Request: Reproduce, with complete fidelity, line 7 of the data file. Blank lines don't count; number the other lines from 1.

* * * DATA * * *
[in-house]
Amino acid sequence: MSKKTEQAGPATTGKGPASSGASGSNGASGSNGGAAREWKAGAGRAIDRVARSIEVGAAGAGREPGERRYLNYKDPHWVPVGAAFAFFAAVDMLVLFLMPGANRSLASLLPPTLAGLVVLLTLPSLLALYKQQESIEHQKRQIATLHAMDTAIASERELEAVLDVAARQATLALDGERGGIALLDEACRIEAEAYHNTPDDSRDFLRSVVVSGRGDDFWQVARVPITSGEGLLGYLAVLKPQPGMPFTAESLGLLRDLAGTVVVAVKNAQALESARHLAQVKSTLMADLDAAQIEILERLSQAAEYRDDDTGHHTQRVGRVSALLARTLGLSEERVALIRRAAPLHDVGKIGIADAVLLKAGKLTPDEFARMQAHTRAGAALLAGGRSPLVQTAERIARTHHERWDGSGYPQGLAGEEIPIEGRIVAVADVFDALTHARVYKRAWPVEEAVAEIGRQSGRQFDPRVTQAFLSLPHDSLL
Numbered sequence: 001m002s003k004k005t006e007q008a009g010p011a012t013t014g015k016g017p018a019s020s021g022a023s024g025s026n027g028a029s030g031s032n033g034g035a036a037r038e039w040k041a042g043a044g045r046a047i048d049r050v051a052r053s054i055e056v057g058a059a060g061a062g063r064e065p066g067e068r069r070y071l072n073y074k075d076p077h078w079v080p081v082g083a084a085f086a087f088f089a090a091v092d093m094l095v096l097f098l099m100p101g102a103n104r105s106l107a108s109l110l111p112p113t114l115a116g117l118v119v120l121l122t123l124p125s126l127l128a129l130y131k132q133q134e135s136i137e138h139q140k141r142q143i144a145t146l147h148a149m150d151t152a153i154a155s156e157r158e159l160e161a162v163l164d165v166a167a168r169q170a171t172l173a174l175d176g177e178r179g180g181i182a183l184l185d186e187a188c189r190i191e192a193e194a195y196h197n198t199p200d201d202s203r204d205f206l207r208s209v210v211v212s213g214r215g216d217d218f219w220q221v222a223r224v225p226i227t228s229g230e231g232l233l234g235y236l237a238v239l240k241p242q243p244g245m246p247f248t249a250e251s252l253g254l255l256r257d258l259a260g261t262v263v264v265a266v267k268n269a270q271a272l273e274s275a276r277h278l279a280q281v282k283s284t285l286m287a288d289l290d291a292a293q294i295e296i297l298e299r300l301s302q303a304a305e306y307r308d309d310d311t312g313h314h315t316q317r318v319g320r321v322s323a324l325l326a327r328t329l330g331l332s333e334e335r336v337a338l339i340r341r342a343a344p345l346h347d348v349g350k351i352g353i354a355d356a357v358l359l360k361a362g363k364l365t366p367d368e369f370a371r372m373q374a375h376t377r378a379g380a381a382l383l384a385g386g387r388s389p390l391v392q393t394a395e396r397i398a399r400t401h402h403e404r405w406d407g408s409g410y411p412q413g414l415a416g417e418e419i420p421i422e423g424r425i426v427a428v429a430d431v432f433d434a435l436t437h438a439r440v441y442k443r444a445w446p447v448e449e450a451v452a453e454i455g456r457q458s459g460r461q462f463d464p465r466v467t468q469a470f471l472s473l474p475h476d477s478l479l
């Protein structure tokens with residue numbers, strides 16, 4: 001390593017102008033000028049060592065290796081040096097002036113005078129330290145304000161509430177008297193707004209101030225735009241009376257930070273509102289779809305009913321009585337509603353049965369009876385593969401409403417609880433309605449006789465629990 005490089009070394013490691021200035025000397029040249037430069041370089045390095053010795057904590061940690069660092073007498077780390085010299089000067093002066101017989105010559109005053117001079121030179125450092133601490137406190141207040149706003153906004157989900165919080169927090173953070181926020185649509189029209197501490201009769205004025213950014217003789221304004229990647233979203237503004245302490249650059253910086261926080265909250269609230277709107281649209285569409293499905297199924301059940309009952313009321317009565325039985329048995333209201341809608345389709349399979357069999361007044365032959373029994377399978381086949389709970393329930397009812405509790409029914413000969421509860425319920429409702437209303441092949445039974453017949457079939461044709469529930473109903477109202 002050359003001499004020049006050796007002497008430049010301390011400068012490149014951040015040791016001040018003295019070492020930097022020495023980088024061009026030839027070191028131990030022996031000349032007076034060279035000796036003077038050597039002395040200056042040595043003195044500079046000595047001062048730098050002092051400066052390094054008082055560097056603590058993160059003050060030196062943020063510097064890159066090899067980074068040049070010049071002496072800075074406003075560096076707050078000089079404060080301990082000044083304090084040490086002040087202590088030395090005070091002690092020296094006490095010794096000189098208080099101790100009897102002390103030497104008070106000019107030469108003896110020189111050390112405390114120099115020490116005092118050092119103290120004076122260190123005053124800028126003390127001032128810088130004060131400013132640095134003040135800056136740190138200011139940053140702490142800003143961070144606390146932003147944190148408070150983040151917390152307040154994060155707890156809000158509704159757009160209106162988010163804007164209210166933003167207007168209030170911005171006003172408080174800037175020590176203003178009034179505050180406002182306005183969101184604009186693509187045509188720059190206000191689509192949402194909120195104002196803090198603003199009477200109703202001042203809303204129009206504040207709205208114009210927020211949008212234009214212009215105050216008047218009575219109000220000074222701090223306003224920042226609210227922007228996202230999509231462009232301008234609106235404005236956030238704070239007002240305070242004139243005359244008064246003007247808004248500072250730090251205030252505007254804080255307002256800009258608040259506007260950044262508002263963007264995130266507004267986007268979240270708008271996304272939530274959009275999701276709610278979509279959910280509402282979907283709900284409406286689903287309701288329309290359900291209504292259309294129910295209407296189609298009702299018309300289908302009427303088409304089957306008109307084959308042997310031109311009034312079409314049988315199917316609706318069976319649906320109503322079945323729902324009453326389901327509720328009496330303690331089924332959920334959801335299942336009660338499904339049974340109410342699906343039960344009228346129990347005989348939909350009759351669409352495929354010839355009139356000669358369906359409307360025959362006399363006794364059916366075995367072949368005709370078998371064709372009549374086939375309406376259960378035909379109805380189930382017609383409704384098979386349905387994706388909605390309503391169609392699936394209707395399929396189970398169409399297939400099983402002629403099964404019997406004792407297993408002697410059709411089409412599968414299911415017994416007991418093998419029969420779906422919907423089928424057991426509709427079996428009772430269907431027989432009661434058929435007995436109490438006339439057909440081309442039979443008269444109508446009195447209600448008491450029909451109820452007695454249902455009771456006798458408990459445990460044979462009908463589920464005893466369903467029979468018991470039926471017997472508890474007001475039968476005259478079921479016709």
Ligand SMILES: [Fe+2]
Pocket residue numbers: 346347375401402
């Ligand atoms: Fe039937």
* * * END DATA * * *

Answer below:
């Ligand atoms: Fe039937």